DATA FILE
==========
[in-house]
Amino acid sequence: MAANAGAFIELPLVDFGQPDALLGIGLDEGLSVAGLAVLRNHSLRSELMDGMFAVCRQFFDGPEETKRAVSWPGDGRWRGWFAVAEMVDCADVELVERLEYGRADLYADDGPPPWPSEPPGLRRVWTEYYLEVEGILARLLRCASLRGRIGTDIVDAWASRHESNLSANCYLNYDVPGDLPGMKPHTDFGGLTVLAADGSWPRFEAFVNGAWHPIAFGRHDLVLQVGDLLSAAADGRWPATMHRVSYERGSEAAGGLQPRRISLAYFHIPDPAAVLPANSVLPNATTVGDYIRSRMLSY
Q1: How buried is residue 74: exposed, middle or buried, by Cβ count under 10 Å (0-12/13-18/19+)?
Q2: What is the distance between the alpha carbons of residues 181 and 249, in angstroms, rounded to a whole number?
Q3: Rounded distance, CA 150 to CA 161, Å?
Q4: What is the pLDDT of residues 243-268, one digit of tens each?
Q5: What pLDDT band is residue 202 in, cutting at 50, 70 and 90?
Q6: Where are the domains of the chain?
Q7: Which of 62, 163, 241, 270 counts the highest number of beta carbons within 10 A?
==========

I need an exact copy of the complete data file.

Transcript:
[in-house]
Amino acid sequence: MAANAGAFIELPLVDFGQPDALLGIGLDEGLSVAGLAVLRNHSLRSELMDGMFAVCRQFFDGPEETKRAVSWPGDGRWRGWFAVAEMVDCADVELVERLEYGRADLYADDGPPPWPSEPPGLRRVWTEYYLEVEGILARLLRCASLRGRIGTDIVDAWASRHESNLSANCYLNYDVPGDLPGMKPHTDFGGLTVLAADGSWPRFEAFVNGAWHPIAFGRHDLVLQVGDLLSAAADGRWPATMHRVSYERGSEAAGGLQPRRISLAYFHIPDPAAVLPANSVLPNATTVGDYIRSRMLSY
Q1: How buried is residue 74: exposed, middle or buried, by Cβ count under 10 Å (0-12/13-18/19+)?
Q2: What is the distance between the alpha carbons of residues 181 and 249, in angstroms, rounded to a whole number?
Q3: Rounded distance, CA 150 to CA 161, Å?
Q4: What is the pLDDT of residues 243-268, one digit of tens each?
Q5: What pLDDT band is residue 202 in, cutting at 50, 70 and 90?
Q6: Where are the domains of the chain?
Q7: Which of 62, 163, 241, 270 counts the highest number of beta carbons within 10 A?